Name: Adam Bernard Home: Fairfield, Connecticut, United States About Me: Entertainment journalist with 20 years of experience. Supporter of indie music. Lover of day baseball, and B-movies. Part time ninja. Kicked cancer’s ass. My memoir, ChemBro, is out now!
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This week’s NYC Scene Report features The Velvicks’ debut single, “Hit Me Like Sugar,” Fiona Silver feeling like a “Hostage of Love,” and Elle Winter showing off some girl power with “Yeah, No.”
* If you like your modern indie rock with a classic rock feel, then look no further than The Velvicks. After two years of live shows, the Brooklyn-based band has finally released their debut single, “Hit Me Like Sugar,” and it’s cross-generational gem.
Frontman Vick Nader discussed “Hit Me Like Sugar” in a statement, saying, “This is our motorcycle song. The inspiration for this song was a hot biker Ed (the band’s drummer) and I met a couple years ago at a bar in Brooklyn. We were both stunned like teenagers by her and her passion for the motorcycling craft. We’ve never seen her again, but it was enough to inspire us to create this dirty toned/sexy/Motorhead vibe tune that is full throttle from the moment it starts until its abrupt ending. Just like a crash.”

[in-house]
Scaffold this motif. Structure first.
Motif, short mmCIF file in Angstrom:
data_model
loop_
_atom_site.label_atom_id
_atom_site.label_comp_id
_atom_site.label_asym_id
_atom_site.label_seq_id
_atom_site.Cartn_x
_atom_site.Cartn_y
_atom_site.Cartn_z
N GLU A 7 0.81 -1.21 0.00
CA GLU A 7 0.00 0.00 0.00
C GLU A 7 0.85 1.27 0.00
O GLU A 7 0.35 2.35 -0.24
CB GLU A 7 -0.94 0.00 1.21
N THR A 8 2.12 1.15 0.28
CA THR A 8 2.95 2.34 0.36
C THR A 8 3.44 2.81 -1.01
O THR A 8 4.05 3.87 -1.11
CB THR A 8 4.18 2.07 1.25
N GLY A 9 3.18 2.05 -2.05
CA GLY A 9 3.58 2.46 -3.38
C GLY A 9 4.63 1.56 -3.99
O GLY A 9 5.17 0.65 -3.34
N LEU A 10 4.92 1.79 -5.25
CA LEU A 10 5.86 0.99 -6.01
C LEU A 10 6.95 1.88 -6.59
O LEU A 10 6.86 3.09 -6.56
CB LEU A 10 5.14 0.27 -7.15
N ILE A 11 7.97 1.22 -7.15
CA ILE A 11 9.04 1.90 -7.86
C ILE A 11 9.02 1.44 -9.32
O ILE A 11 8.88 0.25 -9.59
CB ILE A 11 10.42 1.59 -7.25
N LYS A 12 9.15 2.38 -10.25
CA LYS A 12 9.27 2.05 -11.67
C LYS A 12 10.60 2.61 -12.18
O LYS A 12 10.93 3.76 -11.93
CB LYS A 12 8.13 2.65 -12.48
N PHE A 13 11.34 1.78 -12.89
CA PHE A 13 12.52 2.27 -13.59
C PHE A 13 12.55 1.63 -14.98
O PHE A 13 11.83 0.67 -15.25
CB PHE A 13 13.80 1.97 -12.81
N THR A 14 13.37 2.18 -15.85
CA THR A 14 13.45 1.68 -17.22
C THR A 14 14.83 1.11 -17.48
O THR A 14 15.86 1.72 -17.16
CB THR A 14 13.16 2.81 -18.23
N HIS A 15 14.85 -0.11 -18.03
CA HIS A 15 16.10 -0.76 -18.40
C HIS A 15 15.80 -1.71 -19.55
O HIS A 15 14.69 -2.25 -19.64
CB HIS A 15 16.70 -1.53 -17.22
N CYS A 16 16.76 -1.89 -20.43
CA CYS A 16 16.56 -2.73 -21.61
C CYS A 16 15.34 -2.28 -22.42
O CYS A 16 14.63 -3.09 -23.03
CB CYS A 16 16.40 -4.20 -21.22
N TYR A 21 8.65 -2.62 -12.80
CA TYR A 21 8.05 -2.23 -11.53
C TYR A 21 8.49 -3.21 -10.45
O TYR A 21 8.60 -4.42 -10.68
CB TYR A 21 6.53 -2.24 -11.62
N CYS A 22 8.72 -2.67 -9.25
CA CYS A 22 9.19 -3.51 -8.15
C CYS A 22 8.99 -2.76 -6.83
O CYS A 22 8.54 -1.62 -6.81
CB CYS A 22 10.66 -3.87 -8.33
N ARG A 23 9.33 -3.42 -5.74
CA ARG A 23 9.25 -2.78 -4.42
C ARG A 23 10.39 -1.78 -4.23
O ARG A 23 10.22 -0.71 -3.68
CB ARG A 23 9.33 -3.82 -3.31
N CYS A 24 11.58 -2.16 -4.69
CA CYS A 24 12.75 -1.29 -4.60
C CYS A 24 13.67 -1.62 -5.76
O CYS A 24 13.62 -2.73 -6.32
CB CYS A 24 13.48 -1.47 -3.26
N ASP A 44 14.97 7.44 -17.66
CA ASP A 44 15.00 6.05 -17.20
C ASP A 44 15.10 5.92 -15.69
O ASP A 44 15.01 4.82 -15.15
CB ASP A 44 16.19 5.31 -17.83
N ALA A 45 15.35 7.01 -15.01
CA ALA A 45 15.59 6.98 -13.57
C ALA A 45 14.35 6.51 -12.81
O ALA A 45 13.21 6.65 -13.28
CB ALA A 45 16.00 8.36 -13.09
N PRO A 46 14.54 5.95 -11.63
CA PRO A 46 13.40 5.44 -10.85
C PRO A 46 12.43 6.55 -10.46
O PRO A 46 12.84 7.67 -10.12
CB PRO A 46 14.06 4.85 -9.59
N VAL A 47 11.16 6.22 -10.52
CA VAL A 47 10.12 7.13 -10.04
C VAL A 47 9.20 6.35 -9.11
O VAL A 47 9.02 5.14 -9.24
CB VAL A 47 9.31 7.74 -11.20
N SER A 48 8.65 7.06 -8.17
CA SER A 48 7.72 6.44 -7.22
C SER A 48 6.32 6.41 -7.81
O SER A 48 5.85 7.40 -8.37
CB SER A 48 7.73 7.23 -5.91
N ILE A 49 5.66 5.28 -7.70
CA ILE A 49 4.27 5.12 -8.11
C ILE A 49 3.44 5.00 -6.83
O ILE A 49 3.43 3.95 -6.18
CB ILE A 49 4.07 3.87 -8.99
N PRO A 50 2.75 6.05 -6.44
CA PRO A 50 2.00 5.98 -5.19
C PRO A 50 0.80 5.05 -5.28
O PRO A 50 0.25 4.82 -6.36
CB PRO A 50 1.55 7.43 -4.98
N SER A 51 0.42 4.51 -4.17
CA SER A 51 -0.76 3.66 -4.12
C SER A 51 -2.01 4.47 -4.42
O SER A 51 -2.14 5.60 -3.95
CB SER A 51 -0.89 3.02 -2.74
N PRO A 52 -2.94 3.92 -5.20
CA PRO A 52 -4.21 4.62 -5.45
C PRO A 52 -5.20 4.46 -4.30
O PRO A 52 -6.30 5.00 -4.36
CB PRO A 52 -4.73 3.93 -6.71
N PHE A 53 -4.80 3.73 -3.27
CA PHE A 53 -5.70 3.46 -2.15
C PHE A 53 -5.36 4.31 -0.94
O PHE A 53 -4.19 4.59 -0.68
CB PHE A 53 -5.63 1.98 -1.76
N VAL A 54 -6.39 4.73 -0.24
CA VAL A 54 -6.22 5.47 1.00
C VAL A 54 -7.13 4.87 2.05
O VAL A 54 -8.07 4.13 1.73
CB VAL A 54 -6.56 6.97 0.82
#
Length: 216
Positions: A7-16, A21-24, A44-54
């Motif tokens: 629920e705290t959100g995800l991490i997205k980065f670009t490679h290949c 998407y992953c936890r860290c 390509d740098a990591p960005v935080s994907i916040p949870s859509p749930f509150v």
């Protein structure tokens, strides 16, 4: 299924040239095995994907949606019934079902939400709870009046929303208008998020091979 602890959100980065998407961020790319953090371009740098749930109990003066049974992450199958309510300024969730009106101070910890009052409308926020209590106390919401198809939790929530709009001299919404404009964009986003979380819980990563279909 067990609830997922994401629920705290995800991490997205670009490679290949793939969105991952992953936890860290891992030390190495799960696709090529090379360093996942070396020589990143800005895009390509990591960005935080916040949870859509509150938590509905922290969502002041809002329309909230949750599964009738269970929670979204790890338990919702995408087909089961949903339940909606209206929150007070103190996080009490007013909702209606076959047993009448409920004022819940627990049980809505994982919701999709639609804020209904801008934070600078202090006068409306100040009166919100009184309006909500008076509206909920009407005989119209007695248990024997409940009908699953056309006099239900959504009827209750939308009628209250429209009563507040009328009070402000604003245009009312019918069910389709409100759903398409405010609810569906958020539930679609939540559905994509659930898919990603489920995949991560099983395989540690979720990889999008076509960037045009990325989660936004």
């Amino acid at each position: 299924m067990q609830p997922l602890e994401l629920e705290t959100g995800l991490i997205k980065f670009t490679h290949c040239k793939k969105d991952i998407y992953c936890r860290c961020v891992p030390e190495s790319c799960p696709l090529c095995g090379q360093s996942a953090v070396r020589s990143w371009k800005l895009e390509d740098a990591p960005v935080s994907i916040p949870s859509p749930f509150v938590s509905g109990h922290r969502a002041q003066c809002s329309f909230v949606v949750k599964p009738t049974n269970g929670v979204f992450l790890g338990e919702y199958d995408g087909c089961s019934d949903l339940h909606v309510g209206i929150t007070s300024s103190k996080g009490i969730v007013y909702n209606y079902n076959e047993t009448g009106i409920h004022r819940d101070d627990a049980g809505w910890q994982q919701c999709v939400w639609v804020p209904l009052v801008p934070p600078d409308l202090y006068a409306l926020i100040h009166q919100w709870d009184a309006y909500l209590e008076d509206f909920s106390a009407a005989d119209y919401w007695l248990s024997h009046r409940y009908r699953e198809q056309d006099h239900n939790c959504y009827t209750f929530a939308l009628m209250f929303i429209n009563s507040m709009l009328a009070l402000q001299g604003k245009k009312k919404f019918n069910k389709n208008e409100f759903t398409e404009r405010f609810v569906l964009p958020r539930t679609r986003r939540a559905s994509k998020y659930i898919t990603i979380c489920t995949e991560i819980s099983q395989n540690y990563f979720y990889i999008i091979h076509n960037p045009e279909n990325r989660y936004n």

The Velvicks’s debut EP, RUN, will be released this spring, and you check check out the video for “Hit Me Like Sugar” right here.
* I don’t want to alarm anyone, but for the first time in NYC Scene Report history we have a hostage situation. The hostage, in this case, is soulful indie rock songstress Fiona Silver, and in her own words, she’s a “Hostage of Love.”
“Hostage of Love” is the title track of her latest EP, and now there’s a video for the song that will immediately lead you to being captured, and captivated, by the sultry Silver.
Check out the clip, and just so you know, resistance is futile!
* Elle Winter has been laying the groundwork to become NYC’s next big pop star, and the latest step she’s taken is her recently released debut EP, Yeah, No.
The EP is led by the girl power inspired title track, which Winter discussed in a statement, saying, “I want the song and video to create a sense of solidarity among women who are able to find strength and confidence in themselves even as they are belittled by others who think they need them to thrive, when, in fact, ‘Yeah, No.’ they don’t.”
Winter is clearly thriving on her own, as “Yeah, No” is another big statement from the future pop star.
For more of the best of NYC’s indie music scene, come back next Wednesday, and check out the archives for previous columns.